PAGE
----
NEWS: You might not know it, but in each load, your clothes release hundreds of thousands of tiny fabric fibers, many of which contain plastic. From the dirty washing water, they soon get into the environment, poisoning our waterways and the food chain.


JARED BLUMENFELD: In the US alone, our washing machines are releasing up to 750,000 pounds of microfibers each day into rivers, lakes, and the ocean. And if that isn't cause enough for concern…


NEWS: It's a wild finding that there's something sinister hiding in your drinking water…microscopic plastic fibers. A study by the Data Journalism Website Orb Media found plastic in 94 percent of the water that it tested in the United States. Microplastics have been shown to absorb toxic chemicals that are linked to cancer. Then, they release them when consumed by fish or humans. 


JARED BLUMENFELD: In case you're jumping up to buy emergency supplies of bottled water, the same study found that plastic fibers are in 93 percent of bottled water produced by 11 of the world's largest brands. These pesky tiny plastic fibers have been found in 73 percent of fish caught in the northwest Atlantic, in beaches around the world and even in Arctic ice. And here's where it gets even more personal. The average person ingests over 5,800 particles of synthetic debris each year, most of which are plastic fibers. In order to understand what the hell is going on and what we can do about it, I start by talking with Rachel Lincoln Sarnoff, who was the executive director of Five Gyres, an organization fighting against the global plastic pollution crisis. Rachel also founded and hosts Mommy, a resource for healthier living and less judgment. Rachel also is working with the California Coast Keeper Alliance on a campaign to tackle microfiber pollution.


RACHEL LINCOLN SARNOFF: The first time I heard about microfiber pollution, that scared the hell out of me, because I realized that there was plastic coming from my clothes into the water that potentially I was drinking. And then through my work with Five Gyres, we went really deep into that issue, and that got even more terrifying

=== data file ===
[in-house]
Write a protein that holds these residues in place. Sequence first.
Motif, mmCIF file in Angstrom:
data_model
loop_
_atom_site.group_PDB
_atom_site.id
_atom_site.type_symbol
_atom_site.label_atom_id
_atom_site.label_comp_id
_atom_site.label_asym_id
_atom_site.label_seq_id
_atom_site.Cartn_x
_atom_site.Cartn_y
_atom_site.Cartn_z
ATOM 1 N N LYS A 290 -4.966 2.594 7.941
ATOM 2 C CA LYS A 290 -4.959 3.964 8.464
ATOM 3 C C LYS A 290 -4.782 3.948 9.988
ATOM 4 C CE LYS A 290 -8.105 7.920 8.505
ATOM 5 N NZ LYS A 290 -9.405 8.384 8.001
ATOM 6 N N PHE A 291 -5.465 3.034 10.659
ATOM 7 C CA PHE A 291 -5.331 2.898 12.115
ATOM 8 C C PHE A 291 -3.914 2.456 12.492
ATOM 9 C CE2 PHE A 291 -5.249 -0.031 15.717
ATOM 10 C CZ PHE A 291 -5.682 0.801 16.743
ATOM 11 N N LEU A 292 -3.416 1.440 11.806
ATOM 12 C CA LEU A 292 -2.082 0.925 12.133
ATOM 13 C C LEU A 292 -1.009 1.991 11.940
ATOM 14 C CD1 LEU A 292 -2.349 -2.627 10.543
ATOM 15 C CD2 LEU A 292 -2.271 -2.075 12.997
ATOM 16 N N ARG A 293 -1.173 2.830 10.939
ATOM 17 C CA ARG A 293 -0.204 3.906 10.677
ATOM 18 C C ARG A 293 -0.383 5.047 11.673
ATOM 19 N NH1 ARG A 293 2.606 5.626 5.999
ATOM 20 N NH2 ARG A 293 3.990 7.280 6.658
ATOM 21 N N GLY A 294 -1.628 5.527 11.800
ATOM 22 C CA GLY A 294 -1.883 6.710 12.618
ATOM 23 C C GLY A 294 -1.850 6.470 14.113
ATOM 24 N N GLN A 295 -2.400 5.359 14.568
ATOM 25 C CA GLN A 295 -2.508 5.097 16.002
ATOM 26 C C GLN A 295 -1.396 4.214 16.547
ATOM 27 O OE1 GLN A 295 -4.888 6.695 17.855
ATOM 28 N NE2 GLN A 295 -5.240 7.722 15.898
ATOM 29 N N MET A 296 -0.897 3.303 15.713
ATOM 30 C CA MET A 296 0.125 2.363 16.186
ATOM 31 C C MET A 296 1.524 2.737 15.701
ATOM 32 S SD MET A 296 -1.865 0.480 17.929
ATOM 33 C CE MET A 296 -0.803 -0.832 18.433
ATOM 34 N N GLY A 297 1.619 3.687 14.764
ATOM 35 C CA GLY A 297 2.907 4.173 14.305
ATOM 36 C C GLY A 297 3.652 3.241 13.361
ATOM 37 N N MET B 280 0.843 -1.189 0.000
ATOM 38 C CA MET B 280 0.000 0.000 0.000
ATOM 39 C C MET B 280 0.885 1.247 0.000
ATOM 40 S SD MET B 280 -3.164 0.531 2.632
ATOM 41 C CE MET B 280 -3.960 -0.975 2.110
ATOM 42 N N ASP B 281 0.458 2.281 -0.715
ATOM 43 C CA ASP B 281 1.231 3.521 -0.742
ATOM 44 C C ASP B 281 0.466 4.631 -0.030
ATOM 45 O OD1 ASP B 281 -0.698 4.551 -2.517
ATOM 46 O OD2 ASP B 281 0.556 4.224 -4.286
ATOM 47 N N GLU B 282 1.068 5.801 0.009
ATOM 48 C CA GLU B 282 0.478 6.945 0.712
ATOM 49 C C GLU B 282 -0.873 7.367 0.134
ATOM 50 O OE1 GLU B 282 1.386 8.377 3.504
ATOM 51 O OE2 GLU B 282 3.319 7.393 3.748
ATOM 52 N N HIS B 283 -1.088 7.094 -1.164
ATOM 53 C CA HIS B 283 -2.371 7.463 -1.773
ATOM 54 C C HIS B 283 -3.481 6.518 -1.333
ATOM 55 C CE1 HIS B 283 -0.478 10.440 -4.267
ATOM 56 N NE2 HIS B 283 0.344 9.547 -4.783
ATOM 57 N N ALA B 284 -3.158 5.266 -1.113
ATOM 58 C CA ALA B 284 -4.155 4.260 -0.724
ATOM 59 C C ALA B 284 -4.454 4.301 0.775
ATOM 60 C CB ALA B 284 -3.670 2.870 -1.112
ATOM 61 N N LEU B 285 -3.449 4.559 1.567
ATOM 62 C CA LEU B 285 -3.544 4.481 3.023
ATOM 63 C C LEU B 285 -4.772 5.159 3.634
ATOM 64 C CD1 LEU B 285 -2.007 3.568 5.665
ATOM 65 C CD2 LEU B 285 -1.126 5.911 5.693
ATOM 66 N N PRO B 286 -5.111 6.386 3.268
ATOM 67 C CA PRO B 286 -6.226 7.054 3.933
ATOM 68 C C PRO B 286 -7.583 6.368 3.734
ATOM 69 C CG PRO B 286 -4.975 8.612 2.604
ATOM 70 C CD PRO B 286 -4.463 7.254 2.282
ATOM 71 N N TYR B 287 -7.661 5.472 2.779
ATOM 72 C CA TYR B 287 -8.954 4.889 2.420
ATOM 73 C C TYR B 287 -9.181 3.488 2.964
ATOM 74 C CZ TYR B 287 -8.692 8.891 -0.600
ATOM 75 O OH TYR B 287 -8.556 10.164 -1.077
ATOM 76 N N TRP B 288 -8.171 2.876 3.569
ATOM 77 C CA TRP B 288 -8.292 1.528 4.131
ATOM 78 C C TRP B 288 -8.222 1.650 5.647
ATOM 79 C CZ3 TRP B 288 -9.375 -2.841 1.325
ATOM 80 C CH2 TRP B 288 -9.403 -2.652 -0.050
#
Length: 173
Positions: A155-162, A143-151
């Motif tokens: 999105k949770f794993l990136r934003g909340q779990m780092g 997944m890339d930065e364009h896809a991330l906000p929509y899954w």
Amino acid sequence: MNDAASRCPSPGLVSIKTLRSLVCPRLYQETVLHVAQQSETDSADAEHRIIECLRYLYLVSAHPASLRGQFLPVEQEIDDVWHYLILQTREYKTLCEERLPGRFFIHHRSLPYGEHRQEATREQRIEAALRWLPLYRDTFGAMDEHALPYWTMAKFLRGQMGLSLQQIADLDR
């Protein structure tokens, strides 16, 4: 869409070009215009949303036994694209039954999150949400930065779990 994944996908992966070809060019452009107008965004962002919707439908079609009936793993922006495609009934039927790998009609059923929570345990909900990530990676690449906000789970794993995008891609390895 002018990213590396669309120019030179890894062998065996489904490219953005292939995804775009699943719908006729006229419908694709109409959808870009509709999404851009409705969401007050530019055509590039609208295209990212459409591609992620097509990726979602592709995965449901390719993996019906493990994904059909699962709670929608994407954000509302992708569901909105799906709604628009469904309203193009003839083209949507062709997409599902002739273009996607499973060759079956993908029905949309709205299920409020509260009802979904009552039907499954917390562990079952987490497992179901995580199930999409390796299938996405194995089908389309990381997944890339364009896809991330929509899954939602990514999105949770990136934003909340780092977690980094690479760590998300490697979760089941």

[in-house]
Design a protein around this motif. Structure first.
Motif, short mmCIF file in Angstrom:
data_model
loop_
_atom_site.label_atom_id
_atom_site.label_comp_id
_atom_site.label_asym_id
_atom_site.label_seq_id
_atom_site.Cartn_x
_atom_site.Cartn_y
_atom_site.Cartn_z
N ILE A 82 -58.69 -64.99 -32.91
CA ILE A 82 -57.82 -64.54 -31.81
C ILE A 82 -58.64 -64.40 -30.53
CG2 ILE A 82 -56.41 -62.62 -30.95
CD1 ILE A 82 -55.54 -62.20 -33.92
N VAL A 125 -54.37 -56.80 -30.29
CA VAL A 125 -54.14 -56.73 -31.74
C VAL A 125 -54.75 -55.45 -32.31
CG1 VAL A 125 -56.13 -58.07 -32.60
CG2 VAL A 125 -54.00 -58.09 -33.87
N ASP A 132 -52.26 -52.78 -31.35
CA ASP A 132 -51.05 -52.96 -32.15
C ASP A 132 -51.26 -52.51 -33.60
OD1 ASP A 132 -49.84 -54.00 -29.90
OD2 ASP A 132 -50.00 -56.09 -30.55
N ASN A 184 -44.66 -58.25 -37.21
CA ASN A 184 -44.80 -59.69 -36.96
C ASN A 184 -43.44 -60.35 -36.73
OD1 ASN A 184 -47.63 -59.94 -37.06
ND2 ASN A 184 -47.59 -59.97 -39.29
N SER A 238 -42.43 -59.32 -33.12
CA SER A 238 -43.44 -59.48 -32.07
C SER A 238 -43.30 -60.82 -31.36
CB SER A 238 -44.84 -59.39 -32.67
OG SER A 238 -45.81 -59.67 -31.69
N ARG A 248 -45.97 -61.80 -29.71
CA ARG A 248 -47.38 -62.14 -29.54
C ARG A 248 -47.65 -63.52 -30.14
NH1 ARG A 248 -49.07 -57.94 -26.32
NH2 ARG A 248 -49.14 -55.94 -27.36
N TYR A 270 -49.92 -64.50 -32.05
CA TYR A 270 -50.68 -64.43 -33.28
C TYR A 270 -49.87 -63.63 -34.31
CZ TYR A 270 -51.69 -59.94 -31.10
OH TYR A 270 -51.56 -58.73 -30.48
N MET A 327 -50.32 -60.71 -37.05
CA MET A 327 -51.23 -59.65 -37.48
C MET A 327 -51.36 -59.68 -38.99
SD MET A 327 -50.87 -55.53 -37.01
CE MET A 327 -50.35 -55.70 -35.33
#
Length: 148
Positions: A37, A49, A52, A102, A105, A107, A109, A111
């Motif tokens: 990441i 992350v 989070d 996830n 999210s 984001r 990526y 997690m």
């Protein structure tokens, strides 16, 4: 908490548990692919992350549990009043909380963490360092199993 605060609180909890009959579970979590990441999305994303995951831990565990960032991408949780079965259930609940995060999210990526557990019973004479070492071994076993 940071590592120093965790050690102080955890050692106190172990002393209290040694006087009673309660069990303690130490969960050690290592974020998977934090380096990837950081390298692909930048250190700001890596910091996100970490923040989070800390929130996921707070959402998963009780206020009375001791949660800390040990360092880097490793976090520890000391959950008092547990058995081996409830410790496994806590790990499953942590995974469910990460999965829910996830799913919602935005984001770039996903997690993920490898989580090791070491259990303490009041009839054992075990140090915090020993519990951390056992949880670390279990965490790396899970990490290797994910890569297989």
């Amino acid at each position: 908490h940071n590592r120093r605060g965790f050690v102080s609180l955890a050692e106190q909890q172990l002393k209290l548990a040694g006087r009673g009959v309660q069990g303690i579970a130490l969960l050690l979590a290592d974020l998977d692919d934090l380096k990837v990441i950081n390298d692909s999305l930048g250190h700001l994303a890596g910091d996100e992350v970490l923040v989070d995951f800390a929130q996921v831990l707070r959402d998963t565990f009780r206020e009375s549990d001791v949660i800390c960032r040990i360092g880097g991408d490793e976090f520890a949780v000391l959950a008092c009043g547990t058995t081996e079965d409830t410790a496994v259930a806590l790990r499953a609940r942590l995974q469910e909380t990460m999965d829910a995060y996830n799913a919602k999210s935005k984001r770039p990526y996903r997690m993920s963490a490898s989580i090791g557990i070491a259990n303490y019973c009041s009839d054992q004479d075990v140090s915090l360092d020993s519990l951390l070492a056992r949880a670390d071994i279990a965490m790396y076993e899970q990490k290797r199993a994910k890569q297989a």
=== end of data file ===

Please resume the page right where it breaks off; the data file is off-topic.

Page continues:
JARED BLUMENFELD: What does “going deep” into that issue mean?


RACHEL LINCOLN SARNOFF: So, we worked on a study with the San Francisco Estuary Institute to really look at what was coming out of wastewater in San Francisco. What was coming out was plastic microfiber pollution. So, I had known that there was a problem, but I didn't really understand the extent of it. And just to kind of put it in perspective, one sample took them 40 hours to analyze. That's how many tiny, tiny, tiny pieces of microfibers were in that sample. I think the results of the study, which still hasn't come out, will be really impactful.


JARED BLUMENFELD: Why would it take 40 hours to do one sample?


RACHEL LINCOLN SARNOFF: So, I think oftentimes when we think about science, we think about it in labs with super powered Jimmy Neutron microscopes, right? And the truth is that often it's just someone who's actually physically using a microscope, counting the number of fibers in a sample. And that's what really took so long, and it took so long because there were so many.


JARED BLUMENFELD: Now there's a whole new thing, plastic fibers that are in everything from drinking water to San Francisco Bay. It just feels overwhelming.


RACHEL LINCOLN SARNOFF: I think it absolutely feels overwhelming, but I think that it's even more important that we figure this out. It's not just one type of plastic that we need to be aware of. It's all plastic. It's how we view plastic. It is how plastic has become this ubiquitous substance that makes up our entire lives, and that we view as disposable, so we need to look at it in that frame and I don't think we're doing that yet.


JARED BLUMENFELD: The Gap, H & M, Walmart, Costco, like there's tons of brands out there that don't seem to care about this. Like how can consumers push them to care more?